Today is officially "Make a Basket Day". I decided to put you all to work since I am still trying to put my house back together. This is a very simple way to make a fancy basket that I came up with for a class a few years back.
You need three materials. First you will need some scraps of needlepoint canvas. I use Penelope because there is more of a resemblance to a woven basket than with mono canvas. A lot of the needlepoint stores sell it by the inch. I find a lot of it in thrift store craft bins. Much cheaper that way.
Second you will need some "Woodsies" from the craft store. They are wooden shapes that come in a bag. They are very inexpensive and can be used for all kinds of projects. Each bag has several different shapes and those in turn are in assorted sizes. All are suitable for some kind of basket and they can be used for a lot of other things in mini besides the basket bottoms. I buy the ones with circles, ovals and rectangles. I imagine any other flat round object the right size would work as long as it is glueable. Or, if you are desperate, you can cut your own.
The third material that you will need is some embroidery floss. Use whatever colors will look good in your house or for a more natural basket just use shades of beige.
Tools that you will need are white glue, scissors and a 24 or 26 tapestry needle. Those are the ones with the blunt end.They can also be found at craft stores and the needlework shop.
1. Choose a Woodsie shape that you like. For your first one I would suggest one of the round ones.
2. Decide how tall you want the sides of your basket. You will notice that the threads running in one direction of the Penelope canvas are tightly packed(horizontal). The ones going the other way(vertical) are looser. You want the tight threads to run around the basket and the loose ones to go up and down. Carefully cut a strip of the canvas that is long enough to fit around your woodsie with one or two courses of the double thread overlapping. I try for just two threads(one course). For your first basket you may feel more secure with a larger overlap. Now run a thin line of glue around the edge threads and smooth it a bit with your finger. Let dry a bit.
3. Run a line of white glue along one line of the threads at the bottom edge of the strip and up one edge and wrap this around the woodsie. The bottom of the canvas should be even with the bottom of the woodsie. Now glue the end of the canvas strip over the start of the strip. You will find that if you hold it for a minute the wood and canvas will stick together nicely. Sometimes I use an old fashioned hair clip to keep the seam closed if I am impatient. Let the glue dry completely before starting to sew.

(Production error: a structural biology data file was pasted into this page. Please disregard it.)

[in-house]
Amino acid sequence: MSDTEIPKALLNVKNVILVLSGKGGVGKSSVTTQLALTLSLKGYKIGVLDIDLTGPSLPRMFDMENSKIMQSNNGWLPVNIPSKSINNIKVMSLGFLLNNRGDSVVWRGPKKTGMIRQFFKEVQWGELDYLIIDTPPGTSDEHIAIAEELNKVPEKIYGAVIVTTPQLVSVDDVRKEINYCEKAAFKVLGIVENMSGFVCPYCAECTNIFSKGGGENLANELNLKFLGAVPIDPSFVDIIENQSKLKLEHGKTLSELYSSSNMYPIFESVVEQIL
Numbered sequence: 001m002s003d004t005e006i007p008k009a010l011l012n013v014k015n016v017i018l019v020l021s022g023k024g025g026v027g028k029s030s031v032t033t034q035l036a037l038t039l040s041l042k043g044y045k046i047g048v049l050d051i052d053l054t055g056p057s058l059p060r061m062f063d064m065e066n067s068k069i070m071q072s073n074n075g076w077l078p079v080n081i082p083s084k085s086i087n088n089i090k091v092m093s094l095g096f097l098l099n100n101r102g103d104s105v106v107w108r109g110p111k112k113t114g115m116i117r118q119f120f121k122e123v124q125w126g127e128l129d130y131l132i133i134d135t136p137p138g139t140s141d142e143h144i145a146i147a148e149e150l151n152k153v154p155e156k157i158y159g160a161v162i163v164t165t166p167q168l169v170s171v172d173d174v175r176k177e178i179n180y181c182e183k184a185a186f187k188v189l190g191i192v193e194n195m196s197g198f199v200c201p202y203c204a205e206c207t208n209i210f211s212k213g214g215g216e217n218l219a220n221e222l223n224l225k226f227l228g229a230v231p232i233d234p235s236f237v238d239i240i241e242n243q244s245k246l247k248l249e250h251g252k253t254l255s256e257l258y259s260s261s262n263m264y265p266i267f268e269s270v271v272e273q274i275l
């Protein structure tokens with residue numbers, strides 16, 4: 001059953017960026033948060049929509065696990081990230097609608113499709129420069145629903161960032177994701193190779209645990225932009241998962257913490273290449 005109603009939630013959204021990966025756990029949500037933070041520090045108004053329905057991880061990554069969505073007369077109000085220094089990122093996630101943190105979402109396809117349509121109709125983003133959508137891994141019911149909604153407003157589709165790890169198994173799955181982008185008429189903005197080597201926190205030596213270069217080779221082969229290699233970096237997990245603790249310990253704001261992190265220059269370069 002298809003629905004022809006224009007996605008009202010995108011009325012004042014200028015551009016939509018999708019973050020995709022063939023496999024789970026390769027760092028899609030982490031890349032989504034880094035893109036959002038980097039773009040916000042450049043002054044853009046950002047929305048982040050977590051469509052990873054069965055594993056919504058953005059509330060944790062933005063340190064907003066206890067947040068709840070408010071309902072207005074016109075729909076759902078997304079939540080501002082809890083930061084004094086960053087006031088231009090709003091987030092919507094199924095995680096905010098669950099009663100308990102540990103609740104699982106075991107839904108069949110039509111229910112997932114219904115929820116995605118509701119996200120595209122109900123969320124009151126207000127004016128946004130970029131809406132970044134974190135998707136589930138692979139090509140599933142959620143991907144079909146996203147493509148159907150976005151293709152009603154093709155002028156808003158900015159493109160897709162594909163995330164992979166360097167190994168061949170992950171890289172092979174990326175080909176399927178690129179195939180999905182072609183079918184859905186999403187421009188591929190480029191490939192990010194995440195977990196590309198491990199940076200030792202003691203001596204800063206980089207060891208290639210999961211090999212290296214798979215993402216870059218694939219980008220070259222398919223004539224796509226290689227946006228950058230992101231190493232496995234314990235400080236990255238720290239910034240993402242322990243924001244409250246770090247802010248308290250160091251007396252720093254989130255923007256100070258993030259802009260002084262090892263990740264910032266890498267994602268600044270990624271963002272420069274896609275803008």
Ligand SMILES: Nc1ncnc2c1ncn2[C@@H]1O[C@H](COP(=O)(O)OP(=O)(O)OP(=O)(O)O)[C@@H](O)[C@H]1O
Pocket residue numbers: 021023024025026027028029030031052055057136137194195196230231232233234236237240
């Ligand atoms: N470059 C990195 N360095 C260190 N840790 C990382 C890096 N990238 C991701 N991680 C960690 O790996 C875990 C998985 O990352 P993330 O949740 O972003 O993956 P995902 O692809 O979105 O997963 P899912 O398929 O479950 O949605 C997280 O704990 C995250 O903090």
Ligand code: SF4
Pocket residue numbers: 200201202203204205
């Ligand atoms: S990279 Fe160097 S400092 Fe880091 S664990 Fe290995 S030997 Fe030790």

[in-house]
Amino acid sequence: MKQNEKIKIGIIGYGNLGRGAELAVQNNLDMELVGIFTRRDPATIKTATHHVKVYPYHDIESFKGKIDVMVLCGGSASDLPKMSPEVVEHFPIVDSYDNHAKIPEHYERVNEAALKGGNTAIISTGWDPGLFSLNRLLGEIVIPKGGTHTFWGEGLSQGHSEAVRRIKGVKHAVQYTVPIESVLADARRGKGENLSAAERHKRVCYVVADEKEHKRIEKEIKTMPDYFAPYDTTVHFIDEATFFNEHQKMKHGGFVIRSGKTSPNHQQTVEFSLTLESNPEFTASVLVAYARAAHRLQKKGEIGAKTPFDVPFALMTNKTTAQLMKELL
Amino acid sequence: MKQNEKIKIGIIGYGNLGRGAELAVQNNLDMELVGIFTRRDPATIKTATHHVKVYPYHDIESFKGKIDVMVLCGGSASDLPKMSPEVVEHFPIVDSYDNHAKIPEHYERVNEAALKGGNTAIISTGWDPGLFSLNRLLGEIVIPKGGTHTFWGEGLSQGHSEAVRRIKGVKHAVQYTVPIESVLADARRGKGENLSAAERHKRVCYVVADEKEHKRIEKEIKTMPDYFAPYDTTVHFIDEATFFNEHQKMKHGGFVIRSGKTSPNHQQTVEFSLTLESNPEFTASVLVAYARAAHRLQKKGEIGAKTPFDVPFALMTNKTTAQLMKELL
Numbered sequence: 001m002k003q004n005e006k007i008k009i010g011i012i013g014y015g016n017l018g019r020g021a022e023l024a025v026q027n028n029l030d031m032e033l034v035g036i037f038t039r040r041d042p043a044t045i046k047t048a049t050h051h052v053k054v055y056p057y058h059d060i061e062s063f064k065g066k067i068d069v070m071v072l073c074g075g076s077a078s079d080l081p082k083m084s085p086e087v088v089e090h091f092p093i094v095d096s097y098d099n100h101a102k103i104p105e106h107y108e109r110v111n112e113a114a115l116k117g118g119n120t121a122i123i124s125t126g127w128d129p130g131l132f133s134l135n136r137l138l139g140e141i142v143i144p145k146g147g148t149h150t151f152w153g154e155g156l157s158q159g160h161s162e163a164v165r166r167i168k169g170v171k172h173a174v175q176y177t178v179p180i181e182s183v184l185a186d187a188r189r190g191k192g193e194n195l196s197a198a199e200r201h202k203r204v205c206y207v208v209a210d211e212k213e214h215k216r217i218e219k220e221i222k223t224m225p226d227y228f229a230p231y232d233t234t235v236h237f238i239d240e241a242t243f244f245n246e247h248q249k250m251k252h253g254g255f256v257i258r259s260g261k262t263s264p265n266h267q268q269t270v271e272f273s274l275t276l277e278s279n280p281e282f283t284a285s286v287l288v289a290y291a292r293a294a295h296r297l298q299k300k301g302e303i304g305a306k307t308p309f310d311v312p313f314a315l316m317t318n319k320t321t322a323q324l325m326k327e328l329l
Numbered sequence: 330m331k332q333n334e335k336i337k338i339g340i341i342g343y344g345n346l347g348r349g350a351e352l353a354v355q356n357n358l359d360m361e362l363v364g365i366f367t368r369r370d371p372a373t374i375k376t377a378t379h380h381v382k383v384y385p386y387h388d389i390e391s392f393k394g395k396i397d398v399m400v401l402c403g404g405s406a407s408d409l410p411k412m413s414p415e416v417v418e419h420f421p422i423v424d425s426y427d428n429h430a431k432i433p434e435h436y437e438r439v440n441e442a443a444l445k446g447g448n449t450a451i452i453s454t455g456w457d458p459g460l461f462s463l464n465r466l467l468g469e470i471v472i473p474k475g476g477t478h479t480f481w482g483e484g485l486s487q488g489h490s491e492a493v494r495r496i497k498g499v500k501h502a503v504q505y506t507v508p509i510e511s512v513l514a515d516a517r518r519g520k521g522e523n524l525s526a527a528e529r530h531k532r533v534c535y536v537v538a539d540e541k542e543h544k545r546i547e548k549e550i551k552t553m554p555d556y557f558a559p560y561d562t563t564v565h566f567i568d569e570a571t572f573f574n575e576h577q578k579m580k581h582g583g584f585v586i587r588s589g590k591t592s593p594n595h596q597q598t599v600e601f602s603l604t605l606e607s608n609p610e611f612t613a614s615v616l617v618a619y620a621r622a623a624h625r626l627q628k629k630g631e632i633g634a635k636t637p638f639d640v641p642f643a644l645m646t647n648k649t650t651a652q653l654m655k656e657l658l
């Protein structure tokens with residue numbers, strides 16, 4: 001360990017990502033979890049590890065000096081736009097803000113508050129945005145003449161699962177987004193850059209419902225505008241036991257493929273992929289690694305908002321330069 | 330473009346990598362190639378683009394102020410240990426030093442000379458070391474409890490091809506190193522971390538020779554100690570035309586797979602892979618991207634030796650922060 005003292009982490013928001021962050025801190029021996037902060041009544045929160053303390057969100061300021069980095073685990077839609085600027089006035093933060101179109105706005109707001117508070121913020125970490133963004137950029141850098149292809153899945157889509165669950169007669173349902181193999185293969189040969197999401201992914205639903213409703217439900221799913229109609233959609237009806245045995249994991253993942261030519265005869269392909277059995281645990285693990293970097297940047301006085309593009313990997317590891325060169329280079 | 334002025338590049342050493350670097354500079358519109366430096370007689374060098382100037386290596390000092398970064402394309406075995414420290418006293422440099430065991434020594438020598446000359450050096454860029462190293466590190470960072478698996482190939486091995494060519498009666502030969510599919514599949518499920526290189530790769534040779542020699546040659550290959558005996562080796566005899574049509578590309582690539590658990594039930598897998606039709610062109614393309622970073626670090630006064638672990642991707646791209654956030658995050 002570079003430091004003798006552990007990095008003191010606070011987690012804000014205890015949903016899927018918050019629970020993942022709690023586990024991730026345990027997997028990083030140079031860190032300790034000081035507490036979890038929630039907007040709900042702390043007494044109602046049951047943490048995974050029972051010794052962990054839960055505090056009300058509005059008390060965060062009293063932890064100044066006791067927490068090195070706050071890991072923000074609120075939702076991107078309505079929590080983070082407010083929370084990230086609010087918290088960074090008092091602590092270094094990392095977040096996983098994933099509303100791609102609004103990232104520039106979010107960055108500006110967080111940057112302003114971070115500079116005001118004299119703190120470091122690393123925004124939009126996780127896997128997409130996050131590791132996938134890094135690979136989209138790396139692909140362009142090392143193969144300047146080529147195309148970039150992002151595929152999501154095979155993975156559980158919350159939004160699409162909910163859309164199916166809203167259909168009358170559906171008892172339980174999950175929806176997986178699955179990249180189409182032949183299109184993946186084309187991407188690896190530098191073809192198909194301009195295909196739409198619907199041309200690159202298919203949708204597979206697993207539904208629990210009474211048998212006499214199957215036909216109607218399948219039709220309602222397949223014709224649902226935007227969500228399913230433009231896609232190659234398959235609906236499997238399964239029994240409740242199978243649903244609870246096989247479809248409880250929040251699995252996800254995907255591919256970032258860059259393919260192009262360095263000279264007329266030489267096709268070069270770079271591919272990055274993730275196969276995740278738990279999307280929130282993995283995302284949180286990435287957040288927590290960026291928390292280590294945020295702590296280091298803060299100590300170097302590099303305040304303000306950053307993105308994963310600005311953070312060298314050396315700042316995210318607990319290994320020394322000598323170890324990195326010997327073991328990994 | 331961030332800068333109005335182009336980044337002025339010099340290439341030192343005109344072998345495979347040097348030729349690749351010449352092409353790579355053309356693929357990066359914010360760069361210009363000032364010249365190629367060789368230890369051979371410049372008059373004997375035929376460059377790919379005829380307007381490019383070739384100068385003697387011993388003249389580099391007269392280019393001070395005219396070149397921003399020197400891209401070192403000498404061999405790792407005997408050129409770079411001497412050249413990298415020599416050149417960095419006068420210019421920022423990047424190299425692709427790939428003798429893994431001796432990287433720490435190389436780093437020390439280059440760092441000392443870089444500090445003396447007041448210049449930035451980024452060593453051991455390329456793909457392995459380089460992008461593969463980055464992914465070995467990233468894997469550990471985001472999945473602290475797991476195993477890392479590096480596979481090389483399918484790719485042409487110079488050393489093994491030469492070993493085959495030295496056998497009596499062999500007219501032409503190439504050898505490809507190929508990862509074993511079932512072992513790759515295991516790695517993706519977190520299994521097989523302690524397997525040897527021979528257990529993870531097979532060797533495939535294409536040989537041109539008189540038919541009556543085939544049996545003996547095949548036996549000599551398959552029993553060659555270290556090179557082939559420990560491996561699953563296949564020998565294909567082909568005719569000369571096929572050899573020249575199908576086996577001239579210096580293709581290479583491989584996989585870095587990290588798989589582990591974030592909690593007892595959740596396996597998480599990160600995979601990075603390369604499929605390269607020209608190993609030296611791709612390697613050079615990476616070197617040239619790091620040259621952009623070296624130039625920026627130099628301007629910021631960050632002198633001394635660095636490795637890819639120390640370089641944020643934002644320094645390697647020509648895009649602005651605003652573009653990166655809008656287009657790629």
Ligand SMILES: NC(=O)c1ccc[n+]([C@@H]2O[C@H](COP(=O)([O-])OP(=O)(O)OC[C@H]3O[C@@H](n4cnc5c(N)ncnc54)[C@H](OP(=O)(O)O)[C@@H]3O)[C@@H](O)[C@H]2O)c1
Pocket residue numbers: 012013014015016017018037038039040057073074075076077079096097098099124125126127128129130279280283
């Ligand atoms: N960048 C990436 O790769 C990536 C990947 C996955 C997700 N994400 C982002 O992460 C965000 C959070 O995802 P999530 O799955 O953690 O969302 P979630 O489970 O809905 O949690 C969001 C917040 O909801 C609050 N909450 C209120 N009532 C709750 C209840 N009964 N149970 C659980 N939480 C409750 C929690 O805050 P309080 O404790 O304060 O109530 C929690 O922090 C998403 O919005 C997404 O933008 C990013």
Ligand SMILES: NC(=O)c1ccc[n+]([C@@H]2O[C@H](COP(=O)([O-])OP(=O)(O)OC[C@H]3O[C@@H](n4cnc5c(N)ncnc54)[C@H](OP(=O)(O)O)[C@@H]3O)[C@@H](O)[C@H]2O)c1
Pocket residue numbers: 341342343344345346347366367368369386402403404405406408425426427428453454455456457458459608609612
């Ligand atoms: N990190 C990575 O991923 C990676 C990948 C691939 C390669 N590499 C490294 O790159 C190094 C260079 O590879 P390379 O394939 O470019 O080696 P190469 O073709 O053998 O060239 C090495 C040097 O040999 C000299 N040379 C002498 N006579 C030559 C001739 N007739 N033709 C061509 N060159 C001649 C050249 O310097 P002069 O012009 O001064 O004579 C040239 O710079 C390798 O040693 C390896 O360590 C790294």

Side bar here....I glue the canvas to the woodsie before I start to embroider. If I embroider it before, I have to cut the threads at the end of each row. With the canvas glued on I can just continue from one row to the next. It makes for a neater finished basket.
4. Thread a needle with two strands of the six that the floss comes in. Put a dot of glue on the inside of the basket where you want to start sewing and lay the very end on the glue. Let it dry for a couple seconds and then pull the thread to the front through one of the holes.
Now just for practice do a running stitch around the basket over two single threads and under two. It should look like the body of the orange basket at the front of the photo.On that basket you can see clearly the transition from one row to the next without stopping. You can experiment with any kind of embroidery stitch. The top and bottom rows of that basket are done in stem stitch.
The taller waste basket is done with the threads closely packed doing a simple over under weave.
The handle on the little basket on the right front was simply two lines of the tightly packed threads cut in a strip. I glued the edges and then weaved in the open spaces in the middle.
You can line the basket if you desire by cutting a piece of index card and covering it with fabric to fit the sides and bottom of the basket. I usually just fill the basket with something. That way I don't have to bother. I have made these baskets with #22 harganger or aida cloth a couple of times. I don't like those nearly as well. They don't look like real baskets and they are more flimsy.
There are endless variations for these baskets once you get the hang of it.
I usually start a bunch all at one time so that I can work on one while the others are drying. They are kind of like potato chips. Bet you can't make just one!